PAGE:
15 June 2020
As seems to have become the pattern with Government announcements regarding the support for businesses during Covid-19, details of further changes to the Coronavirus Job Retention Scheme (CJRS) were published on a Friday evening, in this case on 12 June.
The updates flesh out the announcement made a couple of weeks earlier that CJRS would change from 1 July 2020. Slowly, over the past three months, guidance about CJRS has been added to as anomalies were discovered and work-rounds were invented. These latest updates build on the existing body of government advice, which is now helpfully broken down into different web pages. If you want to:
- know the basics for making a CJRS claim, view here
- find out about which employees you can furlough and claim for through CJRS, view here
- find out about what to do to be ready to make a claim, view here
- make a claim under CJRS, read this
- know how to report payments under RTI, view here
- work out how much you can claim under CJRS, look at this
- read details of the changes to CJRS, follow this link
- look at examples of how to calculate CJRS claims, see here.
Avid readers will find much familiar in the updated guidance, but it should be noted that it is now too late to add previously unfurloughed employees to the scheme, with the exception of those employees who have been on statutory parental leave.
Claims for the period from 1 July onwards cannot be made until 1 July and the last date for making claims for individuals furloughed before 1 July is 31 July.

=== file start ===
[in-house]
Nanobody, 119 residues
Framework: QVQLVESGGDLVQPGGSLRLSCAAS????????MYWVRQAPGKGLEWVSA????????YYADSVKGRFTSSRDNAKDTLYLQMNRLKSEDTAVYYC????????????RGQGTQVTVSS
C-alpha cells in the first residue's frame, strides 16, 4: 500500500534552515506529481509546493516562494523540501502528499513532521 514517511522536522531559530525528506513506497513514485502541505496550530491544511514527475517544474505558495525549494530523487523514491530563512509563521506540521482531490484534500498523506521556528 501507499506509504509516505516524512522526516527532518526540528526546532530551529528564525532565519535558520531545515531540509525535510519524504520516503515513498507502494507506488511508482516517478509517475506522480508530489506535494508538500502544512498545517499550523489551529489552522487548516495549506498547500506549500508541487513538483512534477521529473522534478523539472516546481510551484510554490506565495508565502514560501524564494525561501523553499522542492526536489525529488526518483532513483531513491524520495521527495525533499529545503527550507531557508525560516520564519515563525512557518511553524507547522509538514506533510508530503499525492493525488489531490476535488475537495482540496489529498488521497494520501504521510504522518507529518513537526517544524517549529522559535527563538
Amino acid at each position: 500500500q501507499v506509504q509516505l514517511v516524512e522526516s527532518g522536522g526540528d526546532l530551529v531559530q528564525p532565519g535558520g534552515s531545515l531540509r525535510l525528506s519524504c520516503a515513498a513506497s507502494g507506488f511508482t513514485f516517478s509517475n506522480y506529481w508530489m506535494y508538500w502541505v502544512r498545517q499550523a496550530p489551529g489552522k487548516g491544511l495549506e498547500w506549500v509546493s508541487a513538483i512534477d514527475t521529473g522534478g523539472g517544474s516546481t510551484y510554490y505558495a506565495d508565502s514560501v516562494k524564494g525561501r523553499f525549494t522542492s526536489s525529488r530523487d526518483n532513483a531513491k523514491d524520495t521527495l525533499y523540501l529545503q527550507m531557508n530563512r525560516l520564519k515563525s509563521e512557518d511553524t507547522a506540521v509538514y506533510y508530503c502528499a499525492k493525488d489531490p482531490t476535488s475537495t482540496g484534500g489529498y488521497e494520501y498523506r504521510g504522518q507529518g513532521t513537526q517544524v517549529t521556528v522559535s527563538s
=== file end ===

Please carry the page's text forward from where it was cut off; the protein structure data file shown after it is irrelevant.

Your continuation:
Previously, the claim period was for a minimum of three weeks of furlough but from 1 July the length of furlough can be as short or as long as the employer agrees with the employee. However, claims must be for a minimum period of a week, so only four a month. The month by month changes for the new scheme will bring about more complexity in calculating amounts to be claimed and it will be wise to try to avoid claims that span a month end.
No doubt civil servants and advisers have been thinking of as many ways as possible in which the new version of CJRS can be used and have tried to provide guidance accordingly. It remains to be seen if the ingenuity of British business can find variations on the theme not yet thought about, but we’ll have to wait for another Friday evening before we find out about these.
If you need help in understanding the transition between the two iterations of CJRS and how it may impact your business and its workforce, please feel free to contact me or your usual UHY adviser. If you aren’t already a client, please get in touch using our Contact us form and we will arrange for one of our specialists local to you to make contact.